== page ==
December 2, 2022
Business Confidence Rises to 14-Month High
Business confidence surged to a 14-month high during November as Massachusetts employers saw signs of growth despite inflation,…Read More
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Posted on October 7, 2022
Confidence among Massachusetts employers weakened slightly last month amid growing economic storm clouds both nationally and in Massachusetts.
The Associated Industries of Massachusetts Business Confidence Index (BCI) lost 1.4 points to 53.9, its lowest level since June. The Index now rests 5 points lower than its level of a year ago.
The decrease reflects the swirl of contradictory elements roiling the economy – surging inflation, rising interest rates and shrinking economic output on the one hand and a persistently strong demand for workers on the other.
The September survey responses came as the Federal Reserve raised interest rates another three-quarters of a point on September 21 and the financial markets closed out their worst month since March 2020.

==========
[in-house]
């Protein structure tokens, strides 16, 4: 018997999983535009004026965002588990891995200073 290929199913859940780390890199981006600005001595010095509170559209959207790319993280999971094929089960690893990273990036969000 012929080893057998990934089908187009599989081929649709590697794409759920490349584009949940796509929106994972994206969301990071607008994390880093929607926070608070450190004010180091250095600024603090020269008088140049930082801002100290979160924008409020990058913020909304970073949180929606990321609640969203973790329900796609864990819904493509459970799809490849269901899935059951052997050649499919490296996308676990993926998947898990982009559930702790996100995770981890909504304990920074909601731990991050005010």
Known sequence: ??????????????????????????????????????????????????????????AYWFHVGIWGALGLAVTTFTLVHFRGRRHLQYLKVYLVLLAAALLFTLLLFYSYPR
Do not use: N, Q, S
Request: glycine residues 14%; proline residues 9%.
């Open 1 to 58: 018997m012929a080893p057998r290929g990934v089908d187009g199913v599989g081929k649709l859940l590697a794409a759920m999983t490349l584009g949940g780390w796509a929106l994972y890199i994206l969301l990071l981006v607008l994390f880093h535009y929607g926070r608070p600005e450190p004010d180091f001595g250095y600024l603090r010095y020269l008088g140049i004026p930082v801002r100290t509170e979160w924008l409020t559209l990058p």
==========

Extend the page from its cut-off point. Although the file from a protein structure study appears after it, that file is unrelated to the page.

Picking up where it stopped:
“Companies remain concerned about inflation, the cost of borrowing and the potential for a recession, but their primary concern remains finding the employees they need to enable growth and maintain operations. Many businesses have been able to increase product prices to compensate for rising costs and have thus sustained or increased their payrolls,” said Sara L. Johnson, Chair of the AIM Board of Economic Advisors.
Employers who participated in the September survey reflect that push and pull.
“I have about 15 clients and all of them report moderate to extreme growth. They are in semiconductor equipment manufacturing, laboratory equipment manufacturing, construction, law, Insurance, HVAC equipment installation, Clean Tech, and a few others. All doing amazing,” wrote one participant.
But another company noted: “Borrowing costs are near double what they were in 2021. I wish I had fixed more debt costs when rates were lower.”
The AIM Index, based on a survey of more than 140 Massachusetts employers, has appeared monthly since July 1991. It is calculated on a 100-point scale, with 50 as neutral; a reading above 50 is positive, while below 50 is negative. The Index reached its historic high of 68.5 on two occasions in 1997-98, and its all-time low of 33.3 in February 2009.